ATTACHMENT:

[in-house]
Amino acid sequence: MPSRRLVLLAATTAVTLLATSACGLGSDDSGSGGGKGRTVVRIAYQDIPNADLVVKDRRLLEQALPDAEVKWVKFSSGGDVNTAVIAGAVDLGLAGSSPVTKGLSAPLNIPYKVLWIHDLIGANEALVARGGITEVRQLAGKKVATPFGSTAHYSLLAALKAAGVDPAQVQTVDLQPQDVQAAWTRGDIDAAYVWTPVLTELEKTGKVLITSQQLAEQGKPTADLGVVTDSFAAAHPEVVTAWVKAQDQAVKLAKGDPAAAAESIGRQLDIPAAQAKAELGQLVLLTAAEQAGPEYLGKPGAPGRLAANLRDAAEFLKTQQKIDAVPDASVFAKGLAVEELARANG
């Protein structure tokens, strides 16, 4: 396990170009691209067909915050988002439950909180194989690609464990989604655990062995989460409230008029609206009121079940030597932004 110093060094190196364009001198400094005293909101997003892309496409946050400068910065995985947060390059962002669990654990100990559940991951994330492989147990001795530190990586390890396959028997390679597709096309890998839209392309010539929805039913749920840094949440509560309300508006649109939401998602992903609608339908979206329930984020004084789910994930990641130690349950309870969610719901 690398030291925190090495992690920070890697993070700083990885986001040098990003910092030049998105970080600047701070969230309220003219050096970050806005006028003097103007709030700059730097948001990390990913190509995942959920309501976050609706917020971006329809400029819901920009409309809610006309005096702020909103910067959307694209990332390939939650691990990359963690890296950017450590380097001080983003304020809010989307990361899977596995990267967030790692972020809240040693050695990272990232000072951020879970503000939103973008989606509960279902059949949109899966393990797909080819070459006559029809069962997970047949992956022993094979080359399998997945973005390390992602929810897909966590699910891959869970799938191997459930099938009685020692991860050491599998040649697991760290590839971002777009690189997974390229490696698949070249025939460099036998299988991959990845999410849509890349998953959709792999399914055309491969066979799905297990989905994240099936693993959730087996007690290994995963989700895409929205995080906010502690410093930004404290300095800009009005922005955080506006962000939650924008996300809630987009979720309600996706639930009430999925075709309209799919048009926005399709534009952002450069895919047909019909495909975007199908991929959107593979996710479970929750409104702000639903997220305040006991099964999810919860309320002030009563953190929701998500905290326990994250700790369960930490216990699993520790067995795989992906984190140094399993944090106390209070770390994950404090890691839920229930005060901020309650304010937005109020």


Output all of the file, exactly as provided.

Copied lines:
[in-house]
Amino acid sequence: MPSRRLVLLAATTAVTLLATSACGLGSDDSGSGGGKGRTVVRIAYQDIPNADLVVKDRRLLEQALPDAEVKWVKFSSGGDVNTAVIAGAVDLGLAGSSPVTKGLSAPLNIPYKVLWIHDLIGANEALVARGGITEVRQLAGKKVATPFGSTAHYSLLAALKAAGVDPAQVQTVDLQPQDVQAAWTRGDIDAAYVWTPVLTELEKTGKVLITSQQLAEQGKPTADLGVVTDSFAAAHPEVVTAWVKAQDQAVKLAKGDPAAAAESIGRQLDIPAAQAKAELGQLVLLTAAEQAGPEYLGKPGAPGRLAANLRDAAEFLKTQQKIDAVPDASVFAKGLAVEELARANG
């Protein structure tokens, strides 16, 4: 396990170009691209067909915050988002439950909180194989690609464990989604655990062995989460409230008029609206009121079940030597932004 110093060094190196364009001198400094005293909101997003892309496409946050400068910065995985947060390059962002669990654990100990559940991951994330492989147990001795530190990586390890396959028997390679597709096309890998839209392309010539929805039913749920840094949440509560309300508006649109939401998602992903609608339908979206329930984020004084789910994930990641130690349950309870969610719901 690398030291925190090495992690920070890697993070700083990885986001040098990003910092030049998105970080600047701070969230309220003219050096970050806005006028003097103007709030700059730097948001990390990913190509995942959920309501976050609706917020971006329809400029819901920009409309809610006309005096702020909103910067959307694209990332390939939650691990990359963690890296950017450590380097001080983003304020809010989307990361899977596995990267967030790692972020809240040693050695990272990232000072951020879970503000939103973008989606509960279902059949949109899966393990797909080819070459006559029809069962997970047949992956022993094979080359399998997945973005390390992602929810897909966590699910891959869970799938191997459930099938009685020692991860050491599998040649697991760290590839971002777009690189997974390229490696698949070249025939460099036998299988991959990845999410849509890349998953959709792999399914055309491969066979799905297990989905994240099936693993959730087996007690290994995963989700895409929205995080906010502690410093930004404290300095800009009005922005955080506006962000939650924008996300809630987009979720309600996706639930009430999925075709309209799919048009926005399709534009952002450069895919047909019909495909975007199908991929959107593979996710479970929750409104702000639903997220305040006991099964999810919860309320002030009563953190929701998500905290326990994250700790369960930490216990699993520790067995795989992906984190140094399993944090106390209070770390994950404090890691839920229930005060901020309650304010937005109020």